I’d recap the show’s winners, which were determined from Billboard’s charts dated between March 2019 and March 2020, but the actual awards seem so irrelevant now with Billboard just seven weeks away from announcing this year’s actual year-end charts (using a 12-month period covering through early December 2020).

Instead, with the 2020 election looming and in honor of Billboard’s charting tradition, I thought it would be more interesting to close by listing the top five ways in which the 2020 BBMAs kind of addressed this year’s political climate (okay, more accurately how they stuck it to 45 in true Hollywood style) in this year’s telecast.

Demi Lovato
  1. Demi Lovato’s performance of new song “Commander in Chief.”  Released just the day before and reportedly written in less than an hour, Lovato went for the Trump jugular with the musical question “How does it feel to still be able to breathe,” a thinly veiled reference to the president’s recent bout with Covid-19, from which he now claims to have been “cured” (in less than two weeks) and is now “immune,” while millions have suffered from the disease and more than 215,000 in this country have died from it.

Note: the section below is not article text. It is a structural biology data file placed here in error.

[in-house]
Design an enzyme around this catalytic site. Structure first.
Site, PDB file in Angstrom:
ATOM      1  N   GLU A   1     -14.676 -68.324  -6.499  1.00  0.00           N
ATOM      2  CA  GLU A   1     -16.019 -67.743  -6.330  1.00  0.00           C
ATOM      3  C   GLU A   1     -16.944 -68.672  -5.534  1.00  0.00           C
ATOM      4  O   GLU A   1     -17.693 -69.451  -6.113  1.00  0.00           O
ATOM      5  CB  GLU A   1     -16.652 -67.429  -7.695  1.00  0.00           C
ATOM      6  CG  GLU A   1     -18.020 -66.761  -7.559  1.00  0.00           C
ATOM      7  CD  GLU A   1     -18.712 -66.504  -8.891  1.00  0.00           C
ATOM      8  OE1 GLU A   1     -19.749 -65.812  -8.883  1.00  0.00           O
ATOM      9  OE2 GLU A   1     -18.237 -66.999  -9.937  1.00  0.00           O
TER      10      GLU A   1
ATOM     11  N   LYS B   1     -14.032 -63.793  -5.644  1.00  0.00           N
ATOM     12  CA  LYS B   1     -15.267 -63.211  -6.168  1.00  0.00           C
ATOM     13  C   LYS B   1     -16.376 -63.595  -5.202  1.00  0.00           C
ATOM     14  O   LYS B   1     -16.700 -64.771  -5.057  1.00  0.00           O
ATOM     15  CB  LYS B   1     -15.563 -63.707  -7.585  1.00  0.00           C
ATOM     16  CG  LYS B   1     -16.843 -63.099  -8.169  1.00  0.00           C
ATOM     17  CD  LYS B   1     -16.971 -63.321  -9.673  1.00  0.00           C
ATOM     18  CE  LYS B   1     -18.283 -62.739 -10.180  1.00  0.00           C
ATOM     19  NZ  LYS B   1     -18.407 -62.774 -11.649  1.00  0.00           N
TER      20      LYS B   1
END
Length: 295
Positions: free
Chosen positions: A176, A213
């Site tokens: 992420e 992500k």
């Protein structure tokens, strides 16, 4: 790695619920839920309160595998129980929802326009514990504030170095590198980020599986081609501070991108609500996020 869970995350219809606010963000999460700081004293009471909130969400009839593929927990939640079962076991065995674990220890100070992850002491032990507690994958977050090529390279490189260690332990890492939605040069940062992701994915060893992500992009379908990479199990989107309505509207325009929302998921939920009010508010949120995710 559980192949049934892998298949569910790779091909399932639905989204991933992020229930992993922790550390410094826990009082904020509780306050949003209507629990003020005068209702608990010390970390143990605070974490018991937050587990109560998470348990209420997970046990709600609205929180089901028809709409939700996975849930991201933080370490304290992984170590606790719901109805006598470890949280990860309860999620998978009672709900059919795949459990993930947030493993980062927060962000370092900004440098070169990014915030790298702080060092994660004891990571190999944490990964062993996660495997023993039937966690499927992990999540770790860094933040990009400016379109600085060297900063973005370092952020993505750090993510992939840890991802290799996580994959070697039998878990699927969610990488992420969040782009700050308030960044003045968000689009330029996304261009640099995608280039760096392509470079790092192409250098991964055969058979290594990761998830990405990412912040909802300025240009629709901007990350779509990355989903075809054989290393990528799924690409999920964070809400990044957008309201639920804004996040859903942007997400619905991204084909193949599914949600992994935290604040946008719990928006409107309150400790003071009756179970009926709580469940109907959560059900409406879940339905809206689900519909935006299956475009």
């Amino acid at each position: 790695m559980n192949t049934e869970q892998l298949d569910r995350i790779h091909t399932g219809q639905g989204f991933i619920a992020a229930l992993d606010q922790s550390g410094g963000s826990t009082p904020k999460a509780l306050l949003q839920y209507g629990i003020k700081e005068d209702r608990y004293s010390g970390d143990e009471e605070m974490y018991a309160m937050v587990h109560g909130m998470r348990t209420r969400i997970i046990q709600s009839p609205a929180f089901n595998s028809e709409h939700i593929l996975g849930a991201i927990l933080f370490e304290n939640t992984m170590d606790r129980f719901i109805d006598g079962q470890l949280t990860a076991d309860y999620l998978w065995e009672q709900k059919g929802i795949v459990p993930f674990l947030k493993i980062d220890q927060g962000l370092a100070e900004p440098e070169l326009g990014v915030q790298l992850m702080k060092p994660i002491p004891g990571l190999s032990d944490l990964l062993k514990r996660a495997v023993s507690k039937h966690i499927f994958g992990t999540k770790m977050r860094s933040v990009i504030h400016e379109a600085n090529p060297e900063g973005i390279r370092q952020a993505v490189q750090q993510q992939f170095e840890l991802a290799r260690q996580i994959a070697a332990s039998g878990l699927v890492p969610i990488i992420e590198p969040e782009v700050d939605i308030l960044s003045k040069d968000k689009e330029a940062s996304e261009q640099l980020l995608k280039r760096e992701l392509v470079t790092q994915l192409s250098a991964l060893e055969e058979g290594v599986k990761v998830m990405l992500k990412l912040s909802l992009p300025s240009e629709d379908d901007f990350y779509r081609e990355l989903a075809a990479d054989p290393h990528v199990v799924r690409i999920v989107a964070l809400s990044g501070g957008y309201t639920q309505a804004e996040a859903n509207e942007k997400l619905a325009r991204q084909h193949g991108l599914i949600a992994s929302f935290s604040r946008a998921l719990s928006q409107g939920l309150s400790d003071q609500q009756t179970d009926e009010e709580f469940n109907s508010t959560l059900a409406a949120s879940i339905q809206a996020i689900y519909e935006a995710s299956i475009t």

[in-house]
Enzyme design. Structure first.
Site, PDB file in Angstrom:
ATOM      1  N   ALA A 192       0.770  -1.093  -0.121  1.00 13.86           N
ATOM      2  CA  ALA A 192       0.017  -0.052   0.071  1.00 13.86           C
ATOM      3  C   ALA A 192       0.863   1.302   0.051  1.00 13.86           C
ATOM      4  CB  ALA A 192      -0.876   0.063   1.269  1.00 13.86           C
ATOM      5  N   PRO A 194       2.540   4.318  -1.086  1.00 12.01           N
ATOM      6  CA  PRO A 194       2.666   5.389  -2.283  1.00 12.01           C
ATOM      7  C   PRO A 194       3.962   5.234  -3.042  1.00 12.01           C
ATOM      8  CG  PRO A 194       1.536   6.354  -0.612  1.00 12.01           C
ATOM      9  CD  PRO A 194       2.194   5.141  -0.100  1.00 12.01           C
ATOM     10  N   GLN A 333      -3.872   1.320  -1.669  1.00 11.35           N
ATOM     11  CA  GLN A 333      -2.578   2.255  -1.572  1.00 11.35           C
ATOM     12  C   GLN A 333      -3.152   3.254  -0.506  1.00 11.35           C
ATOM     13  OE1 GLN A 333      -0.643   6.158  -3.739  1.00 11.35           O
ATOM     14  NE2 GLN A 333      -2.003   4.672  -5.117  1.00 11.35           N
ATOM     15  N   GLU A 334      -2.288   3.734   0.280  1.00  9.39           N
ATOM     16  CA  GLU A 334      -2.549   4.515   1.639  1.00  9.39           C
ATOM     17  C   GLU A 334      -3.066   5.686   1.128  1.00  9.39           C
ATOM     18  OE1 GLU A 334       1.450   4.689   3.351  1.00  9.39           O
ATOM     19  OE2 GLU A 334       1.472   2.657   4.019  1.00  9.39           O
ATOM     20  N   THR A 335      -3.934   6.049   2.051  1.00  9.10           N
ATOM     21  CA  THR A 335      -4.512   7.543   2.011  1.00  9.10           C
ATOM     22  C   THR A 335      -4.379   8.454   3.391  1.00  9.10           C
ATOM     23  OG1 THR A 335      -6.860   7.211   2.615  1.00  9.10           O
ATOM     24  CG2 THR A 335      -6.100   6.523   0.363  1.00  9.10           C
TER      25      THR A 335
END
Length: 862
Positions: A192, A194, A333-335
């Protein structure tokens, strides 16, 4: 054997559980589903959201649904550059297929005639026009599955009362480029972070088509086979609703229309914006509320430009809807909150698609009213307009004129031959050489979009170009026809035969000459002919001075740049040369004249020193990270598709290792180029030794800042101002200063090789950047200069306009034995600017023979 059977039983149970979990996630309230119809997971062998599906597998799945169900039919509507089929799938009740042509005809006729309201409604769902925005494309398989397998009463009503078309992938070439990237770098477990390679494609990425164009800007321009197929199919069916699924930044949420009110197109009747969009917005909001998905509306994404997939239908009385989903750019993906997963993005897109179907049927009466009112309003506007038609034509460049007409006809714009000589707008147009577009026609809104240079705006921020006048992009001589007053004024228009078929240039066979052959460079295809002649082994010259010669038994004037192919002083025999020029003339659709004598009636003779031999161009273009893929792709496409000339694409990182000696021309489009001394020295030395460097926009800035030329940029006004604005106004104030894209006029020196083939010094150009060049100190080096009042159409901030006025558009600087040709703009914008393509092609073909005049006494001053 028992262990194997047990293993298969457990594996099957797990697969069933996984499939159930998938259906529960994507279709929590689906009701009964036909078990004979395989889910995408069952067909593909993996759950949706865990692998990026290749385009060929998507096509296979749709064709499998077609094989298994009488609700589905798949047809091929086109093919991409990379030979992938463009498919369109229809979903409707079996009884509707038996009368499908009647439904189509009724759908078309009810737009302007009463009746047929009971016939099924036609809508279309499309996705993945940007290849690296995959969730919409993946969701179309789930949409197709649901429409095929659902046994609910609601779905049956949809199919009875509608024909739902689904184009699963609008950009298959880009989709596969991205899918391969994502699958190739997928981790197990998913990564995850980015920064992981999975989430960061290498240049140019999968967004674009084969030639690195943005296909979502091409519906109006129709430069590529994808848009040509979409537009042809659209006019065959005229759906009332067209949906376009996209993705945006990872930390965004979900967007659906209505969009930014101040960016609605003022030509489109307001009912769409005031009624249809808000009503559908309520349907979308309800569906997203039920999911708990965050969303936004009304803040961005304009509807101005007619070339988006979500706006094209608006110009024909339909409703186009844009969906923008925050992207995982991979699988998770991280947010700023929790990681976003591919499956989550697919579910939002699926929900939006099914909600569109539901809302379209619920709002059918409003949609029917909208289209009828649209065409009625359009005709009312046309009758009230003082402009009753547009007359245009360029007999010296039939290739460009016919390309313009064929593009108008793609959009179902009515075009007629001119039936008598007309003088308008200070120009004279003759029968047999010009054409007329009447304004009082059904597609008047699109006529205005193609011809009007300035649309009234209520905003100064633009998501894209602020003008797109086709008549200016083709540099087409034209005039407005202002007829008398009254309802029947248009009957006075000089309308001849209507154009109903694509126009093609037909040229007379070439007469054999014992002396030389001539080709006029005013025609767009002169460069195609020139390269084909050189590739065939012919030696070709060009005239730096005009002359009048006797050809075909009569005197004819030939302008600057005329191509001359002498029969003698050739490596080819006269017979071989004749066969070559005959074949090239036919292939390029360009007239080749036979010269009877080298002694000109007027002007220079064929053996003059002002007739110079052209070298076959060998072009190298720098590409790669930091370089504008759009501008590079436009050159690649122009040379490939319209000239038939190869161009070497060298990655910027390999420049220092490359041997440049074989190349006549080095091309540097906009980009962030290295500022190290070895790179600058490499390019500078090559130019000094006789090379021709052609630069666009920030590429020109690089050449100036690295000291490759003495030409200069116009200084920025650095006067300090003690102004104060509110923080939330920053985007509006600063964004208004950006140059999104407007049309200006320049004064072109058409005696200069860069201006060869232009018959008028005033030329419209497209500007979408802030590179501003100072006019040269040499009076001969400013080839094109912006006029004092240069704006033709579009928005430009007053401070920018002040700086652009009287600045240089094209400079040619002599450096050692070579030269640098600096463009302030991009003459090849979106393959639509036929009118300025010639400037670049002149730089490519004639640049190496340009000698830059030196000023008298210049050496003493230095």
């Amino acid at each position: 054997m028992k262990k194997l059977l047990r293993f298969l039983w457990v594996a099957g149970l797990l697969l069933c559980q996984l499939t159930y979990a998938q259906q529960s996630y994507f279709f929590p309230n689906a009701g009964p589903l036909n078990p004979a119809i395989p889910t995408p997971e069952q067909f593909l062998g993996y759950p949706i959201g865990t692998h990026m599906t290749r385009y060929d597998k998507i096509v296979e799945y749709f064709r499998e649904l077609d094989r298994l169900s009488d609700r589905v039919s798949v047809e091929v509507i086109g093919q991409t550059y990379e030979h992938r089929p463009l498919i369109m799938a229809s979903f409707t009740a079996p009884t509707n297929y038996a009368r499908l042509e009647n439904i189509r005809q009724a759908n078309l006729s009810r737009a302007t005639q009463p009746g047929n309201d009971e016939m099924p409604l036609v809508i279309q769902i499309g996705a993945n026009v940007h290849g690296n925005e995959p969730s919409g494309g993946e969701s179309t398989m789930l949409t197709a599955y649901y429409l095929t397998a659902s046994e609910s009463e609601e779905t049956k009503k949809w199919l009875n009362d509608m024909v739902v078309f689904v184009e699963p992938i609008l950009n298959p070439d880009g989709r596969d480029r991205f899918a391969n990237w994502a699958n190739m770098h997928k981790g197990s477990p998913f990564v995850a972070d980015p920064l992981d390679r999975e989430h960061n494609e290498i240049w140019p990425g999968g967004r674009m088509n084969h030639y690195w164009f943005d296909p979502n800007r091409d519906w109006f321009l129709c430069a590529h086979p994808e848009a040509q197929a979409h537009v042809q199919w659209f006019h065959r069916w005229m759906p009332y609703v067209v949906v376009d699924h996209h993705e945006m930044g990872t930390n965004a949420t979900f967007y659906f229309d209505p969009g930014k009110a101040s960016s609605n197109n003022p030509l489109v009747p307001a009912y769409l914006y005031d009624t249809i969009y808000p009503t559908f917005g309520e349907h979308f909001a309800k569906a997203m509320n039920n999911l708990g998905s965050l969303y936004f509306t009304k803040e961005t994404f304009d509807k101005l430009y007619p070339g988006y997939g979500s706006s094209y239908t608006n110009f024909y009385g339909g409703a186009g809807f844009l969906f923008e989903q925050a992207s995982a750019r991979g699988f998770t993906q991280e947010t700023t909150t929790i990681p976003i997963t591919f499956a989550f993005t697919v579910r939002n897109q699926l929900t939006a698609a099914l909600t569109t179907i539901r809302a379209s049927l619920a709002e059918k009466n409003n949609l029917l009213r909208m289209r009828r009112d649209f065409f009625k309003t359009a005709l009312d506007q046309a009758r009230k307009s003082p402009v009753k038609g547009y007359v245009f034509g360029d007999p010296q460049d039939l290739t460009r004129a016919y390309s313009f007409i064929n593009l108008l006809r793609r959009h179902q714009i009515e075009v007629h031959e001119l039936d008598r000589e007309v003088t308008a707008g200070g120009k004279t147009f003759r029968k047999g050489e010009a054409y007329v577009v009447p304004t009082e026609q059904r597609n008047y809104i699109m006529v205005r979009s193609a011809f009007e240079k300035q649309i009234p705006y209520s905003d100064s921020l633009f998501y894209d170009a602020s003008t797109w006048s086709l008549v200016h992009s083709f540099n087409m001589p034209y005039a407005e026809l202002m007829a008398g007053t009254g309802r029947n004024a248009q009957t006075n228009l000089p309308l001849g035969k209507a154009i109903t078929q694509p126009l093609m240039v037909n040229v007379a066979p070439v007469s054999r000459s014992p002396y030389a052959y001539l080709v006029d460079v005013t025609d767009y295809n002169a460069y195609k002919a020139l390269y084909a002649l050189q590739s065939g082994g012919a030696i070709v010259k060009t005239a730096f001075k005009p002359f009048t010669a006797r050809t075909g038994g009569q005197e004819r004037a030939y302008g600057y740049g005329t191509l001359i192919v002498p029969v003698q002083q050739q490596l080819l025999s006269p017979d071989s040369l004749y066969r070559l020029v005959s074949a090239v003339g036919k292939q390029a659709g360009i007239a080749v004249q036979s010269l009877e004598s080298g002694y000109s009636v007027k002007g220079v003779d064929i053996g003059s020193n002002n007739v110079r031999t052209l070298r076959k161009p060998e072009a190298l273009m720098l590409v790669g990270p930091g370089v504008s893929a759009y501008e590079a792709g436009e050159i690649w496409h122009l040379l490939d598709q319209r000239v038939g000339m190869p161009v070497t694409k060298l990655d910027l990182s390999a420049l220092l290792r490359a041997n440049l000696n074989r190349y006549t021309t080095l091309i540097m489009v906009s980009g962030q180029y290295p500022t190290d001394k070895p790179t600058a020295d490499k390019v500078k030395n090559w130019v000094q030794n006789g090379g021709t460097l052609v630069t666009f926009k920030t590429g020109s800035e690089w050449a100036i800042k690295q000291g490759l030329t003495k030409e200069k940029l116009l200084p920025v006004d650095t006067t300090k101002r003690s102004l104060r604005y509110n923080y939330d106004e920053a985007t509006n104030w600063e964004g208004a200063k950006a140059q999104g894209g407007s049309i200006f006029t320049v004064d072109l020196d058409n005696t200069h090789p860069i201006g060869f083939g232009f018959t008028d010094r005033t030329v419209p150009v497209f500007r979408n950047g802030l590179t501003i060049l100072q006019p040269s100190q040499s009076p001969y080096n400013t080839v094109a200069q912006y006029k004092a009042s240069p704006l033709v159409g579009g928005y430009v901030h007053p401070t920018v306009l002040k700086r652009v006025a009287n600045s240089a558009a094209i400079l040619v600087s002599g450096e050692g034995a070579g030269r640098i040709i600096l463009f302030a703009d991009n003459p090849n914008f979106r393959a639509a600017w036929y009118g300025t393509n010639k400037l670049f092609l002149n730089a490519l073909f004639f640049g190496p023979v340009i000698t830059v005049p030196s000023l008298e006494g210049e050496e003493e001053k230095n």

2. TikTok’s in-your-face sponsorship of – and tie-ins to – the show.  With the short-video social app connected to the broadcast via its hosting of fan-voted awards, numerous shameless plugs (mainly those related to the recently revived Fleetwood Mac hit “Dreams,” which is owed to a viral user-created TikTok video), and corporate guest speakers, it was almost as if the president never issued an executive order banning the app’s use in America.  
  3. Lizzo’s “VOTE” dress and the anti-voter suppression message that went with it.  Lizzo may not have had a hit (yet) in 2020, but her dress and her speech about acceptance, “staying true” to one’s self, and using your voice by voting (in this year’s election) spoke volumes. 
  4. This one may be a stretch, but didn’t it seem like the BBMAs aired a certain  Top Christian artist category to get a dig at Kanye West, the rapper and longtime Trump supporter whose last album qualified him for the award, which he lost to singer Lauren Daigle.  In another era, say 2009, that outcome might not have gone over so well.  Daigle was over the moon about it, though.
  5. The awards themselves, which, in an era where sports are beginning to open up outdoor venues to more fans and Trump himself is holding numerous campaign rallies, felt like a throwback to a few months ago when awards shows were just figuring out how to do it during the pandemic.  If nothing else, it was a mid-October reminder that we’re clearly not out of the woods yet, despite what the president and others might have you think.

In about six months, we’ll find out who this year’s BBMA winners are. 


DJRob is a freelance blogger from Chicago who covers R&B, hip-hop, pop and rock genres – plus lots of music news and current stuff!  You can follow him on Twitter @djrobblog.